The problem of flooded databases
The MasterCard 2022 Women Entrepreneurs Index showed that India is among the countries with the lowest ranking of women entrepreneurship in the world. Especially in the post-pandemic period, collecting and analyzing data on women’s entrepreneurship is more necessary than ever. According to recent reports by the World Bank and several other organizations, women-owned businesses were hit hard during the pandemic. Factors such as personal challenges, including home care responsibilities are significantly considered as a major barrier to women running a business. The lack of comprehensive data on the financial performance of women-owned businesses, particularly in the MSME sector, has seen them as high risk, affecting their credibility. In a recent survey by ICRIER and NABARD, it was found that 60.5% of MSME owners find it difficult to access credit. Additionally, 47.7% of owners stated that it is harder to get a loan as a woman due to existing gender bias.
Women’s contribution to the Indian economy is poorly measured with limited indicators in historical surveys that fail to inform decision making. There are even fewer nationally representative datasets that track the performance of different types of women-owned firms across states. Financial institutions need to create a support structure that allows them to positively assess the credit risk profile of women-led companies.
Despite existing scorecards such as the Women’s Entrepreneurship Index by the Global Institute for Entrepreneurship and Development, there is limited insight into within-country differences in policy, the entrepreneurial ecosystem, and the business capacity of entrepreneurs. As a result of these measurement gaps, there is no methodology to assess and address the gaps in India’s entrepreneurial ecosystem for women.
Gaps in existing policies
In addition, existing schemes do not have a customized approach that reflects the needs of rural women entrepreneurs. Statistics from the All India Debt and Investment Survey 2019 show that the number of women with bank deposits is growing rapidly, with 80.7 percent of women in rural India and 81.3 percent in urban India having bank deposits. have. However, this has not led to access to credit.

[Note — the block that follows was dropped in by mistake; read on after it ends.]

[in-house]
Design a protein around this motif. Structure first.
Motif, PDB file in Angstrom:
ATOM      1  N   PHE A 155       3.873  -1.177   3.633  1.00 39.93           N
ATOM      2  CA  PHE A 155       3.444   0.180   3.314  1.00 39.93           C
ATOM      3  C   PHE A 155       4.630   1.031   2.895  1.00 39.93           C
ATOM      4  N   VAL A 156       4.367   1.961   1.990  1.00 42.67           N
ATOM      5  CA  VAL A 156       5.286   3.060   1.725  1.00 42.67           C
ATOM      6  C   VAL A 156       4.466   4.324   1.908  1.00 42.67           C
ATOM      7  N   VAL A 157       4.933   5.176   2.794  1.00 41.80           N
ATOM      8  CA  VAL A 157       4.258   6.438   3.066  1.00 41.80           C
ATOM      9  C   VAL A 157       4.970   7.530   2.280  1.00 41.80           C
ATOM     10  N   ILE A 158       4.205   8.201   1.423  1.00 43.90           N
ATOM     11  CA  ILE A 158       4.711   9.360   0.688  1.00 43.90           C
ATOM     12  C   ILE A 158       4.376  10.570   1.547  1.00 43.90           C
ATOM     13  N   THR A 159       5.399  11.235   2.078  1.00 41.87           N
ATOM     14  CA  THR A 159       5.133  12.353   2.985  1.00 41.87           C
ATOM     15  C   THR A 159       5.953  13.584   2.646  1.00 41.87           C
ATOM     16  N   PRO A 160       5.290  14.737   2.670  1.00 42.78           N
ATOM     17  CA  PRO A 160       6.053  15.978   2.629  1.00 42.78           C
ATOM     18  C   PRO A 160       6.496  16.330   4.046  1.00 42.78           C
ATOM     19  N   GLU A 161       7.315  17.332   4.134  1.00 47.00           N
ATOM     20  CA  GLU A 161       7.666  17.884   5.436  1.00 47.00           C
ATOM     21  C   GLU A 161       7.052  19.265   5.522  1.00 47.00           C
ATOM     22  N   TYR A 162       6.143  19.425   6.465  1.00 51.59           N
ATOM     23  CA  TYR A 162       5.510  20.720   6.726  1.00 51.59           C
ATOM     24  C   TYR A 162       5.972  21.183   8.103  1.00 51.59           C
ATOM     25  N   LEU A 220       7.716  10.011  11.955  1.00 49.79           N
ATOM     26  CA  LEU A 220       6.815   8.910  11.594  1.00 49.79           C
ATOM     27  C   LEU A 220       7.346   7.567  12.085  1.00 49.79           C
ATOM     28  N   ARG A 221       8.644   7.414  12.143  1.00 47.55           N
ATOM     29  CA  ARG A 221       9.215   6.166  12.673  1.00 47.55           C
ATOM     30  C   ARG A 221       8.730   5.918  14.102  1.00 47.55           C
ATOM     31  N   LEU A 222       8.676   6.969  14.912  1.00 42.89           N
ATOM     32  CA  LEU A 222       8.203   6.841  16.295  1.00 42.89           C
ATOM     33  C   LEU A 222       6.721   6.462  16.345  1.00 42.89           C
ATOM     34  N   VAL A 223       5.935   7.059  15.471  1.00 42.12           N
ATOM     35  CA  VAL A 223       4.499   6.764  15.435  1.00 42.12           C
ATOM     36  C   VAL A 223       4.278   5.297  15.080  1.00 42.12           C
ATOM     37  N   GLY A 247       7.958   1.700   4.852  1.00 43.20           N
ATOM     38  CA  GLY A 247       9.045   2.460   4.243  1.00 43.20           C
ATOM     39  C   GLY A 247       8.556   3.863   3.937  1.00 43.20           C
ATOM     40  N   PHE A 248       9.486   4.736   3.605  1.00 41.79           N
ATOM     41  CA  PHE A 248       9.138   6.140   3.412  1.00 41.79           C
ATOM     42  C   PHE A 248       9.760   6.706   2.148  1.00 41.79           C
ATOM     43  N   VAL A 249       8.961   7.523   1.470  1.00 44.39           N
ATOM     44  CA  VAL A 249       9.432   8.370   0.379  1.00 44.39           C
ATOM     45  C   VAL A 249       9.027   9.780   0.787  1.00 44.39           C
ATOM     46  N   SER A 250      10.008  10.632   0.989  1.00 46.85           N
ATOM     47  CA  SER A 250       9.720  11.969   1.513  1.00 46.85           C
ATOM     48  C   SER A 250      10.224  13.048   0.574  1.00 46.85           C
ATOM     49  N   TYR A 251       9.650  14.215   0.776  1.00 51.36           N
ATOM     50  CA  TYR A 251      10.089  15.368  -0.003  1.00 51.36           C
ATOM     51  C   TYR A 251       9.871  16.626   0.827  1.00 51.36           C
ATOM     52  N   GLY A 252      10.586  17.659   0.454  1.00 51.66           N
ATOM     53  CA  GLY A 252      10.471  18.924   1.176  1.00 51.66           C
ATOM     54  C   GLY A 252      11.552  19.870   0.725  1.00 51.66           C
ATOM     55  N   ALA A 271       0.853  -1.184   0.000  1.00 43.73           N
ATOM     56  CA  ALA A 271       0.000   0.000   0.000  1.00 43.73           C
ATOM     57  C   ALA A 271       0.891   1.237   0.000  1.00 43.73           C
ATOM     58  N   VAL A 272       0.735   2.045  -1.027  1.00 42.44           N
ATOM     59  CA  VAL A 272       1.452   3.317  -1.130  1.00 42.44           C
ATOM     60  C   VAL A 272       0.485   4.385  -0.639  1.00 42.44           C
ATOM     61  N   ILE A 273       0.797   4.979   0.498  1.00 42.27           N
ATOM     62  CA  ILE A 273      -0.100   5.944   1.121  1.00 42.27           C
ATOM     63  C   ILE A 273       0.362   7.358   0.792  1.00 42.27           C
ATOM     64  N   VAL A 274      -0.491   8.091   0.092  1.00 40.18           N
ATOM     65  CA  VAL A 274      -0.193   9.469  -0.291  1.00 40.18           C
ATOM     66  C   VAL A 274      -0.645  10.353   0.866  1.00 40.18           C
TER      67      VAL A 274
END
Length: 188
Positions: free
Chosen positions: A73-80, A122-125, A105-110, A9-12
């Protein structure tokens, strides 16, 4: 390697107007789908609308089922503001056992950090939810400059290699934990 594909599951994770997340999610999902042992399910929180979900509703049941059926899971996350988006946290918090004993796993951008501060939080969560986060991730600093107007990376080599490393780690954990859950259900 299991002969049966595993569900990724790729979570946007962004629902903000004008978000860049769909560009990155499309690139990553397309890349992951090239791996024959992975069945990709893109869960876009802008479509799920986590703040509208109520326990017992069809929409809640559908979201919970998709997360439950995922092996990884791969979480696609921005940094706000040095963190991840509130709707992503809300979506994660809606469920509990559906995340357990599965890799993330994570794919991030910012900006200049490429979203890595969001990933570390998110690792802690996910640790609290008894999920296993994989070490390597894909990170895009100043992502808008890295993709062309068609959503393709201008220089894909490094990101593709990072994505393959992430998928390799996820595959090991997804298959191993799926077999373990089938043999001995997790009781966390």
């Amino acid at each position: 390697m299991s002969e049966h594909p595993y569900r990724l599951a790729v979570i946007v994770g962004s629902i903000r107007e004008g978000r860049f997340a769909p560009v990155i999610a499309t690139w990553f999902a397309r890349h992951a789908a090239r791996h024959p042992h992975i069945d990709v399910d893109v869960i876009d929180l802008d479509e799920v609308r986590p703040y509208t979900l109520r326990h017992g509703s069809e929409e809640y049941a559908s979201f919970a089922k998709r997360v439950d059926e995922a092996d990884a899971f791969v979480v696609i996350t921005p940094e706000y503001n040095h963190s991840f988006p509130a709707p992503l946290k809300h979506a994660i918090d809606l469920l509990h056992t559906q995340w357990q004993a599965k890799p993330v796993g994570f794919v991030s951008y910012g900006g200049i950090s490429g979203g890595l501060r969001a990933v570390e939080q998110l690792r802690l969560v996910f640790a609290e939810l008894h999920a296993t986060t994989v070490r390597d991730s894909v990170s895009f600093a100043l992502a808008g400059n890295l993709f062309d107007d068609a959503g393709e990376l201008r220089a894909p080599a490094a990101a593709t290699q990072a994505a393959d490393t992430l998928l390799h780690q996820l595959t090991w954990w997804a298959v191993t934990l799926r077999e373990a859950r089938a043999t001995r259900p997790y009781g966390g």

Traditionally, financial inclusion policies in India focused on the importance of savings over access to credit. Today, there is a need for women to access capital through alternative means and to change the perception of risk coverage in rural areas. While adequate funding is available through various schemes, there is a need for a robust credit enhancement mechanism to provide loans to women entrepreneurs. For example, strategic collaborations between banks and financial institutions and National Rural Livelihood Mission (NRLM) authorities can develop appropriate credit assessment techniques and tools for financial institutions, which in turn can help disburse loans to women entrepreneurs in Help all over the country.
This is only possible through increased visibility in women-led businesses and then removing barriers with specialized financial products.
Simplify future data collection
Consistent quantitative and qualitative data on the typology (in terms of turnover, investment, sector, geography, etc.) of women entrepreneurs and their credit needs will help design a robust and forward-looking program for the financial empowerment of women entrepreneurs. In this effort, quantitative and qualitative data—credit applications, business cash flow cycles, movable assets, and financial footprints—will be essential for credit-enhancing mechanisms and assessment tools to overcome inherent barriers in the entrepreneurial ecosystem.
Before insights can be used to inform interventions, learnings from successful past validation trials must be organized. Several pilot studies have been initiated by financial institutions such as Mann Deshi, BASIC, MFIs and fintech companies such as Centrum, Aye Finance and RedCarpet, which have looked at CIBIL-like ratings and assets while evaluating credit proposals. Importantly, the results of these projects are neither documented nor readily available to inform future frameworks. These learnings are also yet to be transferred to public sector banks to create a comprehensive mechanism that brings processes, technology and people together. Doing so will enable the use of reliable and relevant data in the decision-making process for crediting women entrepreneurs.
In the future, it is necessary to establish a mechanism and institutionalize a process for systematic data collection and evaluation. In addition, facilitating partnerships between financial institutions and policy makers is crucial to transfer research and transform it into meaningful frameworks. Such implementations are not possible without the help of political will. The government is pushing hard for digital adoption and is working to create comprehensive data infrastructure and platforms for ease of doing business, such as the National Data Analytics Platform (NDAP), which is a step towards real-time monitoring and data collection. It is of quality.
Data-based policy making and program creation is the starting point for unlocking the huge economic potential of women entrepreneurs in the country.
The author is a co-founder of the Global Alliance for Mass Entrepreneurship (GAME).